There are lots of loyalty programs – hotels, airlines, slot clubs, retail stores, pop food brands, credit cards, clothing, wine, restaurants, movie theaters, travel sites, theme parks, computer games and countless more – and they all try to get you to stick with them by rewarding you in all kinds of ways: points, miles, free gifts, shows, food and on and on. But it seems a bit contrived, as if there’s some Oz-like character behind a curtain trying to entice you with these awards (read: bribes).
Imagine if this kind of thing were done with going to school or work, singing in a choir, participating in some community event, volunteering your time to some worthy cause, remaining friends or staying in a relationship… doesn’t seem as appropriate in those, does it? Think of someone or something you really like: do you really and truly like them or it, or do you need to be bribed with rewards to feel that way. Of course you don’t. So why do the airlines and hotels and all those other things we purchase have to bribe us like them?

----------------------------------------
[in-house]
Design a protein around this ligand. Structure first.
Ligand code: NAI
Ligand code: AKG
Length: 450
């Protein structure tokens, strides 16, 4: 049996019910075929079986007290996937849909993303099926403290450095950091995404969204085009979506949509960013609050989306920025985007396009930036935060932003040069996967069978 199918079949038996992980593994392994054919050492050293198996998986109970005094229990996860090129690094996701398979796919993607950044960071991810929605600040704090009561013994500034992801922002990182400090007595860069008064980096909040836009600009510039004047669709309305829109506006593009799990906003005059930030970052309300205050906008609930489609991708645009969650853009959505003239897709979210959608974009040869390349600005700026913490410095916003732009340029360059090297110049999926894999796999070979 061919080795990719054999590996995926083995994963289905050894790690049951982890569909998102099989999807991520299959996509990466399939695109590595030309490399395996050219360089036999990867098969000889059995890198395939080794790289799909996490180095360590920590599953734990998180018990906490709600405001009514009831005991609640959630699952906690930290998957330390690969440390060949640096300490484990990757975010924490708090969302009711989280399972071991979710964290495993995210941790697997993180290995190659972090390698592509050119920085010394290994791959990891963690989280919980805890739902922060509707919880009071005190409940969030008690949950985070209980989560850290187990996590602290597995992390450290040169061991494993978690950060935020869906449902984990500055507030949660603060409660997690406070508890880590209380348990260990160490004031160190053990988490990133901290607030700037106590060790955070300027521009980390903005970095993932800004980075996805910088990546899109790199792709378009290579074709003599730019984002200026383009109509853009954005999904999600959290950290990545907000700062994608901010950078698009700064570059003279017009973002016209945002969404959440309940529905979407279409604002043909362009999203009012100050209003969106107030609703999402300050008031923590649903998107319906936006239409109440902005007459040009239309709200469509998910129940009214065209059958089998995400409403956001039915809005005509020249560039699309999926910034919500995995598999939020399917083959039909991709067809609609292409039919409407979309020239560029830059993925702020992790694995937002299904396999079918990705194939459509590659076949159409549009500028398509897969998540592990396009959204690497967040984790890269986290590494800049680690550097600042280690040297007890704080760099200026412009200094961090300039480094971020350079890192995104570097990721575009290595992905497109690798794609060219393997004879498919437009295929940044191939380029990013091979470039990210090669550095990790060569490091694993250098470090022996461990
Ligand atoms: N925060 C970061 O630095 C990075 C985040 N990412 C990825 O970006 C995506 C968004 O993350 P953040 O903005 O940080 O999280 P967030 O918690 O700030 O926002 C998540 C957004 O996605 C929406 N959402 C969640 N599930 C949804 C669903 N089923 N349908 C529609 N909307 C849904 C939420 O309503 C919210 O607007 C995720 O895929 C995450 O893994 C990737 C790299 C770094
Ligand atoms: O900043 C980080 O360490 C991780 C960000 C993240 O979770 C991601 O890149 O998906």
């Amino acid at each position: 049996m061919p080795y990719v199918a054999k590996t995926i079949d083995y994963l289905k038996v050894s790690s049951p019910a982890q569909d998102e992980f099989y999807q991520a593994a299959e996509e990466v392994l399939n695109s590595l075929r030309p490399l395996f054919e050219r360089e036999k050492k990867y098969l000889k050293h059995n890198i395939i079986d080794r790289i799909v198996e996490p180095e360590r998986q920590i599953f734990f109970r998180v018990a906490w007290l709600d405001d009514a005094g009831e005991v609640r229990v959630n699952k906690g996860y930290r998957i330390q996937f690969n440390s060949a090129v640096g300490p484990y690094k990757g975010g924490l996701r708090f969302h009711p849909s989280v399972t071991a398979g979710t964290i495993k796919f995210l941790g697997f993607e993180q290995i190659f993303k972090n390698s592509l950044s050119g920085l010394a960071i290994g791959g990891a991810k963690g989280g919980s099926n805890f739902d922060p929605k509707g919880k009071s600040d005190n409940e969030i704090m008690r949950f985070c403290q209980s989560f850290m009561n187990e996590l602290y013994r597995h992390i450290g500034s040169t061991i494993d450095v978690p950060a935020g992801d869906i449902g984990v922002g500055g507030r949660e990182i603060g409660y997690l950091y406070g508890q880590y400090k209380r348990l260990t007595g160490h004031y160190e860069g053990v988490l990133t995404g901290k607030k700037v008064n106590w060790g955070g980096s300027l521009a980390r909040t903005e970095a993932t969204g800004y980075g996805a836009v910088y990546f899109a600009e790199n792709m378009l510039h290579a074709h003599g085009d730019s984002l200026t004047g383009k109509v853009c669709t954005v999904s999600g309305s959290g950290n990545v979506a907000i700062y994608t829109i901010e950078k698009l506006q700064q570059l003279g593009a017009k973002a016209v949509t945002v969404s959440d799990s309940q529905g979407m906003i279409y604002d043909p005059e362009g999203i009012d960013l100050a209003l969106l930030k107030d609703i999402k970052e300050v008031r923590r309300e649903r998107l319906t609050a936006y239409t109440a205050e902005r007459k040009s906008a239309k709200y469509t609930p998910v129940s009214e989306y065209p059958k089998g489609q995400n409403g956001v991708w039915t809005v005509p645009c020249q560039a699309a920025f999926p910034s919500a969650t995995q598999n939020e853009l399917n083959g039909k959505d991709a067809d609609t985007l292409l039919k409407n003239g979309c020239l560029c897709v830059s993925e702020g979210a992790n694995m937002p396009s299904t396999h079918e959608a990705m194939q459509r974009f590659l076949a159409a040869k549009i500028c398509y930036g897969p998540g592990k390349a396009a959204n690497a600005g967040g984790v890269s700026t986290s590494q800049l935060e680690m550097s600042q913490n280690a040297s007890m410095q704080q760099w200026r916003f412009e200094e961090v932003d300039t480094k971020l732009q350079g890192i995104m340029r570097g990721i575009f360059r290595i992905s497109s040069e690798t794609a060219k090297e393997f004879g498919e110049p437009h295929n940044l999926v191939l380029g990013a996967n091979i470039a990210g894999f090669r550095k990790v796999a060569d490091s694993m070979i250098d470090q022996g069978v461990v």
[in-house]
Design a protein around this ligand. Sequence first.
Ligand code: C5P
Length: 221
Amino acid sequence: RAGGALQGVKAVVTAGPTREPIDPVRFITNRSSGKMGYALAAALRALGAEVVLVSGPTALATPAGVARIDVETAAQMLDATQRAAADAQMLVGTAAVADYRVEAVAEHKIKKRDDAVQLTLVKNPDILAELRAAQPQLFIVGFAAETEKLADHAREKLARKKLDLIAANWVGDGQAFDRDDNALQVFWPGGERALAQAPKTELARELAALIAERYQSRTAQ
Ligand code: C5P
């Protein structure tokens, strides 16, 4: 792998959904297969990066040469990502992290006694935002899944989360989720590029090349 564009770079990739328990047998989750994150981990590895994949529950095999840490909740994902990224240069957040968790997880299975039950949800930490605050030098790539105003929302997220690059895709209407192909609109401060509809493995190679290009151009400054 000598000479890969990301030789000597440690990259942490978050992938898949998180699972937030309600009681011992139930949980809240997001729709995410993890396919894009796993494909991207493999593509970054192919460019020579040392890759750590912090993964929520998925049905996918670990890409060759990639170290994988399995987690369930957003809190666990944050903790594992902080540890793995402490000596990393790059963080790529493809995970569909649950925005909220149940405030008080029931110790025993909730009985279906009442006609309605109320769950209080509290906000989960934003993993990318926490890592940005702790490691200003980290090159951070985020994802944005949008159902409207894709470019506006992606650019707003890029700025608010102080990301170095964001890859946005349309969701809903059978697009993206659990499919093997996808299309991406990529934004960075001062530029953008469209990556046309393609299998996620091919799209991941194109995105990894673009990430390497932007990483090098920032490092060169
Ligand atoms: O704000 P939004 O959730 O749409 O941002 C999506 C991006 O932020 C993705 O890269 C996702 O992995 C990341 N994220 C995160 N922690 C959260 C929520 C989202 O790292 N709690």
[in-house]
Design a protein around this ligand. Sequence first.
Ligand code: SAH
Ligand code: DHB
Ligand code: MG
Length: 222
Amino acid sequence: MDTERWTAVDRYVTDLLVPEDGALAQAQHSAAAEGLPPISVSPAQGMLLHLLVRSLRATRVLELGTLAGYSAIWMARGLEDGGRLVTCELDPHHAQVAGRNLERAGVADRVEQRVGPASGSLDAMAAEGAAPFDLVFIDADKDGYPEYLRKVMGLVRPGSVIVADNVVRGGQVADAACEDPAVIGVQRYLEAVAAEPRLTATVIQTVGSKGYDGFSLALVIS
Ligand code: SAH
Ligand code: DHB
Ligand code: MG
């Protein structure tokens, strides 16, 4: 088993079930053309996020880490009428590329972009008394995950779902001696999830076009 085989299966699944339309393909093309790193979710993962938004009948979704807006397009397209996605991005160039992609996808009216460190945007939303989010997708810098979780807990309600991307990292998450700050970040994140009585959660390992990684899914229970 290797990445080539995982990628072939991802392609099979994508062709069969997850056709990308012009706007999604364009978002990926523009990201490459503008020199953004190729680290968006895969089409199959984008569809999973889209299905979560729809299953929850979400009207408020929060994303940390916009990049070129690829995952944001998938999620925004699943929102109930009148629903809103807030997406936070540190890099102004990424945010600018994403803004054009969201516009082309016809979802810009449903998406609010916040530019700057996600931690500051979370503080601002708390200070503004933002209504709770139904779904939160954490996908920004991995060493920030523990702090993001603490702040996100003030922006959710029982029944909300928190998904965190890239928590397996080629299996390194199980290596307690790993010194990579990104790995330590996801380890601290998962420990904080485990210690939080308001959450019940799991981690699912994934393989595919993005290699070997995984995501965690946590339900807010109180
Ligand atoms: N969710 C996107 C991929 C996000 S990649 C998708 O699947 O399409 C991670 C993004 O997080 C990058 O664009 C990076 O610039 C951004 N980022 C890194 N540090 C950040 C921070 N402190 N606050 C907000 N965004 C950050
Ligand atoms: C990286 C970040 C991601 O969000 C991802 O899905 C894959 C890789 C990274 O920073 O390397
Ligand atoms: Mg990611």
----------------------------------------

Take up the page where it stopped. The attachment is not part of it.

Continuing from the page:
But – there are companies out there that do understand what it takes to win your loyalty:
• Southwest Airlines was one of the first companies that made having fun and using common sense part of their strategy for success. Singing the safety jingle, devising a different boarding routine and setting the record for on-time departures set them apart and won over customers. They got it!
• Zappos doesn’t give you anything extra to make you want to come back – they believe that great service plus free shipping and returns will do that. Everyone said that nobody would buy shoes online – wrong. Zappos gets it!
• Apple wins and keeps their customer’s loyalty by incubating and introducing cool new ideas and products all the time. And they’re just about the biggest and most successful and most admired company on the planet. They get it!
But for every Southwest Airlines-type great experience there are hundreds of others that under perform and underwhelm. So they sign you up and hope that rewarding your loyalty overcomes the other things they do that destroys your loyalty. Seems to me they just don’t get it?